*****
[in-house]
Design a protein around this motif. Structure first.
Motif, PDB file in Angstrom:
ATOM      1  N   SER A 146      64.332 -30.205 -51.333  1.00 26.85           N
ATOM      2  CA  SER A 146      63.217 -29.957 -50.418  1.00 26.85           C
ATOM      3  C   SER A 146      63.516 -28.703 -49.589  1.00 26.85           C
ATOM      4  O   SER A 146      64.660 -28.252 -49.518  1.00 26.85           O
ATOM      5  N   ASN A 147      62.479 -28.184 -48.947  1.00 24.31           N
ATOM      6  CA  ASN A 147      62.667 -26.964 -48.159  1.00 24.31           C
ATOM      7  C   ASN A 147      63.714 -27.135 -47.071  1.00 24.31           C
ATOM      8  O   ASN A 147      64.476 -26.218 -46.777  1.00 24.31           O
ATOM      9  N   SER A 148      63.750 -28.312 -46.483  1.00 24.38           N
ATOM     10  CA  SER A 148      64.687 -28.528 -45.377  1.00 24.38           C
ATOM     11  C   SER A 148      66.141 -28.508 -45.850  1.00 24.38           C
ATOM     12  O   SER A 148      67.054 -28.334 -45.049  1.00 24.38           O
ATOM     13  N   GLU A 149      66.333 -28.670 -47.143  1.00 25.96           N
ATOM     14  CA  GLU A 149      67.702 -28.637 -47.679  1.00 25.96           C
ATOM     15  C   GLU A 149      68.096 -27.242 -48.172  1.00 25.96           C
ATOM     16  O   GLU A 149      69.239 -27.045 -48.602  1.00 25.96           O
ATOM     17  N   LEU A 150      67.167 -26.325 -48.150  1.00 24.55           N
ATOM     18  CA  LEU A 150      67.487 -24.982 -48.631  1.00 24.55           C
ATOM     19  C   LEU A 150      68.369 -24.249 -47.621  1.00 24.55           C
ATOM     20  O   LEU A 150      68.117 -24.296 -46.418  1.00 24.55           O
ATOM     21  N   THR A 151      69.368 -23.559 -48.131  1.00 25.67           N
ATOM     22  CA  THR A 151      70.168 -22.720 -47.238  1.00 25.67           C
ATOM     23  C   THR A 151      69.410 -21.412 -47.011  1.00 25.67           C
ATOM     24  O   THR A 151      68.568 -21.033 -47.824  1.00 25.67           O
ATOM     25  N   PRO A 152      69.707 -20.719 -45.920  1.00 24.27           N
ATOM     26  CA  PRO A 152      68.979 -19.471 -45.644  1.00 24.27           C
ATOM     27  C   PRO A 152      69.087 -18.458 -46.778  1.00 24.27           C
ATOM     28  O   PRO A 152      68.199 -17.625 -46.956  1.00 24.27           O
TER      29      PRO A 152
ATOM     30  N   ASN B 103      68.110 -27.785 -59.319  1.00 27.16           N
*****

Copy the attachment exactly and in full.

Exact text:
[in-house]
Design a protein around this motif. Structure first.
Motif, PDB file in Angstrom:
ATOM      1  N   SER A 146      64.332 -30.205 -51.333  1.00 26.85           N
ATOM      2  CA  SER A 146      63.217 -29.957 -50.418  1.00 26.85           C
ATOM      3  C   SER A 146      63.516 -28.703 -49.589  1.00 26.85           C
ATOM      4  O   SER A 146      64.660 -28.252 -49.518  1.00 26.85           O
ATOM      5  N   ASN A 147      62.479 -28.184 -48.947  1.00 24.31           N
ATOM      6  CA  ASN A 147      62.667 -26.964 -48.159  1.00 24.31           C
ATOM      7  C   ASN A 147      63.714 -27.135 -47.071  1.00 24.31           C
ATOM      8  O   ASN A 147      64.476 -26.218 -46.777  1.00 24.31           O
ATOM      9  N   SER A 148      63.750 -28.312 -46.483  1.00 24.38           N
ATOM     10  CA  SER A 148      64.687 -28.528 -45.377  1.00 24.38           C
ATOM     11  C   SER A 148      66.141 -28.508 -45.850  1.00 24.38           C
ATOM     12  O   SER A 148      67.054 -28.334 -45.049  1.00 24.38           O
ATOM     13  N   GLU A 149      66.333 -28.670 -47.143  1.00 25.96           N
ATOM     14  CA  GLU A 149      67.702 -28.637 -47.679  1.00 25.96           C
ATOM     15  C   GLU A 149      68.096 -27.242 -48.172  1.00 25.96           C
ATOM     16  O   GLU A 149      69.239 -27.045 -48.602  1.00 25.96           O
ATOM     17  N   LEU A 150      67.167 -26.325 -48.150  1.00 24.55           N
ATOM     18  CA  LEU A 150      67.487 -24.982 -48.631  1.00 24.55           C
ATOM     19  C   LEU A 150      68.369 -24.249 -47.621  1.00 24.55           C
ATOM     20  O   LEU A 150      68.117 -24.296 -46.418  1.00 24.55           O
ATOM     21  N   THR A 151      69.368 -23.559 -48.131  1.00 25.67           N
ATOM     22  CA  THR A 151      70.168 -22.720 -47.238  1.00 25.67           C
ATOM     23  C   THR A 151      69.410 -21.412 -47.011  1.00 25.67           C
ATOM     24  O   THR A 151      68.568 -21.033 -47.824  1.00 25.67           O
ATOM     25  N   PRO A 152      69.707 -20.719 -45.920  1.00 24.27           N
ATOM     26  CA  PRO A 152      68.979 -19.471 -45.644  1.00 24.27           C
ATOM     27  C   PRO A 152      69.087 -18.458 -46.778  1.00 24.27           C
ATOM     28  O   PRO A 152      68.199 -17.625 -46.956  1.00 24.27           O
TER      29      PRO A 152
ATOM     30  N   ASN B 103      68.110 -27.785 -59.319  1.00 27.16           N